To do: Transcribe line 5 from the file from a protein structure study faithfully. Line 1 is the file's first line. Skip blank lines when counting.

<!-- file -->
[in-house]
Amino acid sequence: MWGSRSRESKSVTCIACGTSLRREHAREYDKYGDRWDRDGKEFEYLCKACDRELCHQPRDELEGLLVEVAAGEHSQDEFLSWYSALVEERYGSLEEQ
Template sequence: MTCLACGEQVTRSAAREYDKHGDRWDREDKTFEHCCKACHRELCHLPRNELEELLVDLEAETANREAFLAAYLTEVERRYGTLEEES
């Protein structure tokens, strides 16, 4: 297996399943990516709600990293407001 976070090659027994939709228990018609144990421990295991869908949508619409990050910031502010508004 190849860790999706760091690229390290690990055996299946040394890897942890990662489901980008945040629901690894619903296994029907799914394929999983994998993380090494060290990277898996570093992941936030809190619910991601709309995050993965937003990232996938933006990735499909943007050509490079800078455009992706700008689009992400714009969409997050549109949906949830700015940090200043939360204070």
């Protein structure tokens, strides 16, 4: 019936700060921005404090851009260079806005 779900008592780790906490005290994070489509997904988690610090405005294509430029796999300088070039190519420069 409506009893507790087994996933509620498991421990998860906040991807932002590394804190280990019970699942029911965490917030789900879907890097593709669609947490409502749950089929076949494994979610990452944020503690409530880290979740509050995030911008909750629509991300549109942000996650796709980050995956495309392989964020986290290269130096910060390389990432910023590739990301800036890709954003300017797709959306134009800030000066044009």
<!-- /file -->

């Protein structure tokens, strides 16, 4: 019936700060921005404090851009260079806005 779900008592780790906490005290994070489509997904988690610090405005294509430029796999300088070039190519420069 409506009893507790087994996933509620498991421990998860906040991807932002590394804190280990019970699942029911965490917030789900879907890097593709669609947490409502749950089929076949494994979610990452944020503690409530880290979740509050995030911008909750629509991300549109942000996650796709980050995956495309392989964020986290290269130096910060390389990432910023590739990301800036890709954003300017797709959306134009800030000066044009």